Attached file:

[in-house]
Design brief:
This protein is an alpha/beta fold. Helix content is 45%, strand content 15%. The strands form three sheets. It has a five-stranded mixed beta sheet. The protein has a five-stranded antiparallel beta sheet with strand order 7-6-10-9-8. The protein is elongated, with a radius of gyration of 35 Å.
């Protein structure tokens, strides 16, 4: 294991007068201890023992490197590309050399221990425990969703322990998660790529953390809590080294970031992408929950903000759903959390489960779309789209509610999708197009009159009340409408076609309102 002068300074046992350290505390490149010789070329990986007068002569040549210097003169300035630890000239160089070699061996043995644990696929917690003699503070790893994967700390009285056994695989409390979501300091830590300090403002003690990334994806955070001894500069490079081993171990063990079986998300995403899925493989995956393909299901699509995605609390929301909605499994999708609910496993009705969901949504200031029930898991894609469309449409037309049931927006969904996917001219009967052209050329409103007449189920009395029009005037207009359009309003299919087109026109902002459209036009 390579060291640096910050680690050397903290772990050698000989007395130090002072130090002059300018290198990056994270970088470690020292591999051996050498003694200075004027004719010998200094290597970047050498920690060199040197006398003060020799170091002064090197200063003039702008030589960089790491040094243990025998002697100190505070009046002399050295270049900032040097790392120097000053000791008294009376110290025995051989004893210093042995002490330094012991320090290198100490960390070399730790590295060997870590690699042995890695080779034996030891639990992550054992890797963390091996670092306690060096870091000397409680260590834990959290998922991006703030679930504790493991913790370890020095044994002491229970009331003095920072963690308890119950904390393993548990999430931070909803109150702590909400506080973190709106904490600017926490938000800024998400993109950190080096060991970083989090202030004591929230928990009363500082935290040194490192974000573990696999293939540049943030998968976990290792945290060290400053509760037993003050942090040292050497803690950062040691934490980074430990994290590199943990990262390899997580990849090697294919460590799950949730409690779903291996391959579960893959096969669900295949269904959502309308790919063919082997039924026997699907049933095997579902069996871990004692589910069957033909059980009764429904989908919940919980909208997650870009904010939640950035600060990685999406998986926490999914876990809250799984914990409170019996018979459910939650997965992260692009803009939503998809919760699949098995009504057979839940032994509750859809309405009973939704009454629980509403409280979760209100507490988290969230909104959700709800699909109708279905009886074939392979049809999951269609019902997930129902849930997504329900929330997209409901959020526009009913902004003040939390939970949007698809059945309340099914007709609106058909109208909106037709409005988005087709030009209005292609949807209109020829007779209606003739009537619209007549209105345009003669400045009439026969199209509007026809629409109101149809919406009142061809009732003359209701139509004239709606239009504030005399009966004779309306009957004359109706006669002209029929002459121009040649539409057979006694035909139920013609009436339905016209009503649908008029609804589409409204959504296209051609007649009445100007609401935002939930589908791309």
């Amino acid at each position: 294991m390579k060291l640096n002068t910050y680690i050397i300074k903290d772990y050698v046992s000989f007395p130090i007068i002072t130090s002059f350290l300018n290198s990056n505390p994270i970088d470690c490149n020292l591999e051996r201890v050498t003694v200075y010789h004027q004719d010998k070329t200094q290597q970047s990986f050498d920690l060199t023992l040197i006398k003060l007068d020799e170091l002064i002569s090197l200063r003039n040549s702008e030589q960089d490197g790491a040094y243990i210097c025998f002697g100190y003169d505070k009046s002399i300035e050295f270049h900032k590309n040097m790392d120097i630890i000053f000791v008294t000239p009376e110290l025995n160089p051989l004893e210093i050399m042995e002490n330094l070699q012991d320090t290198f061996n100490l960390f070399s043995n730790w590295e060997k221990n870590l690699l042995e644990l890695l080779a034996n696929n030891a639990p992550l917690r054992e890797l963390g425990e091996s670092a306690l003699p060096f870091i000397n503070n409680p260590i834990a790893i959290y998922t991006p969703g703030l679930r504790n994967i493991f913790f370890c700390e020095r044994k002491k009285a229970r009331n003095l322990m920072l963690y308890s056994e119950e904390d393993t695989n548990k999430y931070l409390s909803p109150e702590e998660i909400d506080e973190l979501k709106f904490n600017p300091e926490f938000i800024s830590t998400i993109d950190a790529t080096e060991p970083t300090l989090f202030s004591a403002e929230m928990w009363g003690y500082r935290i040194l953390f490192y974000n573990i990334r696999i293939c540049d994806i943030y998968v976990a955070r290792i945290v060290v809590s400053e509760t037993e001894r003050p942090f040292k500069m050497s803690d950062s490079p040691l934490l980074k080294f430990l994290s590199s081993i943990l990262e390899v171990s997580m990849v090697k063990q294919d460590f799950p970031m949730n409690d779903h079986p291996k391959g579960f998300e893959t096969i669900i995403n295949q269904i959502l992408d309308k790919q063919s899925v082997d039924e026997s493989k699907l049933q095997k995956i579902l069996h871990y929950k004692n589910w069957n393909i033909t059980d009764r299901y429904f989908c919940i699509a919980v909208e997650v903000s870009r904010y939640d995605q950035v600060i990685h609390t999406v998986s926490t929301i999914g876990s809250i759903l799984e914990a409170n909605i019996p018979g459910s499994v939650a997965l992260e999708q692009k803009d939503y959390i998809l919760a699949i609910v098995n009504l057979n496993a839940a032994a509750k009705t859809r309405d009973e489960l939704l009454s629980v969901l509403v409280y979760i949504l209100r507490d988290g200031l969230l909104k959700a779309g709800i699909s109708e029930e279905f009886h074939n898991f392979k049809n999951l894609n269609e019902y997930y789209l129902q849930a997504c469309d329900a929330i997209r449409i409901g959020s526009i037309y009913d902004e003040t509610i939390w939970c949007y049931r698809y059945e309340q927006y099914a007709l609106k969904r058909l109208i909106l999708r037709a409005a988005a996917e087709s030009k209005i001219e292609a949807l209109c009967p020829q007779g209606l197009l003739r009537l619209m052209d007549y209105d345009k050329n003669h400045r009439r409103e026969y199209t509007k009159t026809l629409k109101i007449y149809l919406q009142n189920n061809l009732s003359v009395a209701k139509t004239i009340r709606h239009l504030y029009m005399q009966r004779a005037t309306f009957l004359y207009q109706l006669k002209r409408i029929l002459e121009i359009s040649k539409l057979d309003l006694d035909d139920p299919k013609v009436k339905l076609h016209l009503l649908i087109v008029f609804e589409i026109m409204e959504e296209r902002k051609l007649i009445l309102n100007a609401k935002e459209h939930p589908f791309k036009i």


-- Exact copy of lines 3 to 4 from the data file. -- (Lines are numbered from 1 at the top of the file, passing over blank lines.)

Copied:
This protein is an alpha/beta fold. Helix content is 45%, strand content 15%. The strands form three sheets. It has a five-stranded mixed beta sheet. The protein has a five-stranded antiparallel beta sheet with strand order 7-6-10-9-8. The protein is elongated, with a radius of gyration of 35 Å.
């Protein structure tokens, strides 16, 4: 294991007068201890023992490197590309050399221990425990969703322990998660790529953390809590080294970031992408929950903000759903959390489960779309789209509610999708197009009159009340409408076609309102 002068300074046992350290505390490149010789070329990986007068002569040549210097003169300035630890000239160089070699061996043995644990696929917690003699503070790893994967700390009285056994695989409390979501300091830590300090403002003690990334994806955070001894500069490079081993171990063990079986998300995403899925493989995956393909299901699509995605609390929301909605499994999708609910496993009705969901949504200031029930898991894609469309449409037309049931927006969904996917001219009967052209050329409103007449189920009395029009005037207009359009309003299919087109026109902002459209036009 390579060291640096910050680690050397903290772990050698000989007395130090002072130090002059300018290198990056994270970088470690020292591999051996050498003694200075004027004719010998200094290597970047050498920690060199040197006398003060020799170091002064090197200063003039702008030589960089790491040094243990025998002697100190505070009046002399050295270049900032040097790392120097000053000791008294009376110290025995051989004893210093042995002490330094012991320090290198100490960390070399730790590295060997870590690699042995890695080779034996030891639990992550054992890797963390091996670092306690060096870091000397409680260590834990959290998922991006703030679930504790493991913790370890020095044994002491229970009331003095920072963690308890119950904390393993548990999430931070909803109150702590909400506080973190709106904490600017926490938000800024998400993109950190080096060991970083989090202030004591929230928990009363500082935290040194490192974000573990696999293939540049943030998968976990290792945290060290400053509760037993003050942090040292050497803690950062040691934490980074430990994290590199943990990262390899997580990849090697294919460590799950949730409690779903291996391959579960893959096969669900295949269904959502309308790919063919082997039924026997699907049933095997579902069996871990004692589910069957033909059980009764429904989908919940919980909208997650870009904010939640950035600060990685999406998986926490999914876990809250799984914990409170019996018979459910939650997965992260692009803009939503998809919760699949098995009504057979839940032994509750859809309405009973939704009454629980509403409280979760209100507490988290969230909104959700709800699909109708279905009886074939392979049809999951269609019902997930129902849930997504329900929330997209409901959020526009009913902004003040939390939970949007698809059945309340099914007709609106058909109208909106037709409005988005087709030009209005292609949807209109020829007779209606003739009537619209007549209105345009003669400045009439026969199209509007026809629409109101149809919406009142061809009732003359209701139509004239709606239009504030005399009966004779309306009957004359109706006669002209029929002459121009040649539409057979006694035909139920013609009436339905016209009503649908008029609804589409409204959504296209051609007649009445100007609401935002939930589908791309």